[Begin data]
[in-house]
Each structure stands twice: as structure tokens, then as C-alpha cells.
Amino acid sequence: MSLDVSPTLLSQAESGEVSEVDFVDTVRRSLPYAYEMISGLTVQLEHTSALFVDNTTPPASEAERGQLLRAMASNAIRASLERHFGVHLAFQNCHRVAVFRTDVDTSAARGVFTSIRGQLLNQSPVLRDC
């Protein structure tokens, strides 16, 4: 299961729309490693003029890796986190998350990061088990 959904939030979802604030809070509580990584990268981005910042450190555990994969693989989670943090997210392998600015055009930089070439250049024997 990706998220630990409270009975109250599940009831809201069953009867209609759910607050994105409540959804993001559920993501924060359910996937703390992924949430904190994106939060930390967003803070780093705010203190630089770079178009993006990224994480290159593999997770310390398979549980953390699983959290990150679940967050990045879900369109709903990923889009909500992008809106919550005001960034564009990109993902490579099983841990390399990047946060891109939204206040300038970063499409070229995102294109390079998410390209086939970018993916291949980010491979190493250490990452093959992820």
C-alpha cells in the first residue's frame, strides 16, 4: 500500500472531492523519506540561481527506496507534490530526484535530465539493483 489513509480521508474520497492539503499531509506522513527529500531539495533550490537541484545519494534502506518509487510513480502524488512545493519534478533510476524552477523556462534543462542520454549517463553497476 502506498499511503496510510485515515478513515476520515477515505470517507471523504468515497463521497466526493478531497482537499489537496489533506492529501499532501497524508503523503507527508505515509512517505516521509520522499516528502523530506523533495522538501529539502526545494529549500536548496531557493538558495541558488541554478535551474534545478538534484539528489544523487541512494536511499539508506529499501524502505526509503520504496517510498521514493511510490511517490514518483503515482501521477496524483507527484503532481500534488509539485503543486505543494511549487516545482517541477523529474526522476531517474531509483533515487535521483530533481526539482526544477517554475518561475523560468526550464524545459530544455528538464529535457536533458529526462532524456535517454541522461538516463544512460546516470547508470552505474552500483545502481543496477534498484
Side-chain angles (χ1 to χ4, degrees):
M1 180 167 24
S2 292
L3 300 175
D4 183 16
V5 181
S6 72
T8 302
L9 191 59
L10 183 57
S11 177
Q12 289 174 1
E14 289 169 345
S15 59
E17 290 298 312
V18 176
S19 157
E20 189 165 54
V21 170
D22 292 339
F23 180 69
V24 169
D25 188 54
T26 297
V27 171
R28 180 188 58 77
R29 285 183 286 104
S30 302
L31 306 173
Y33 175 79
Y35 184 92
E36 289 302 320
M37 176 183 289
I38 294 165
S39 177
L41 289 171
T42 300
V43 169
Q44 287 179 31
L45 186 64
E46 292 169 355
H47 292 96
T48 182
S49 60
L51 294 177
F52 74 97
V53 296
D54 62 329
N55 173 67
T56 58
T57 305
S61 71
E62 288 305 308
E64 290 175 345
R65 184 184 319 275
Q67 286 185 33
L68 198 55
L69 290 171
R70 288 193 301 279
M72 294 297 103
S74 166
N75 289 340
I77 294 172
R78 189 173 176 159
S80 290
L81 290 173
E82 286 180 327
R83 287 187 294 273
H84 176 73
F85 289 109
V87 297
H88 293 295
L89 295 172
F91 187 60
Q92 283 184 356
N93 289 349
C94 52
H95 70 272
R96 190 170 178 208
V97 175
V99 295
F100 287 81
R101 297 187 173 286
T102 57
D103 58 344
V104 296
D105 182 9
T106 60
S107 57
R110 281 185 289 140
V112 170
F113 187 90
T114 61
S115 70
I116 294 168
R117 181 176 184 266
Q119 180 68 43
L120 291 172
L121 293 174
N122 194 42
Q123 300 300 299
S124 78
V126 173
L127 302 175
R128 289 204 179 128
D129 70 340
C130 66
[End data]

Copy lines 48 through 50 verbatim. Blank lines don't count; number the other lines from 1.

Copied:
T48 182
S49 60
L51 294 177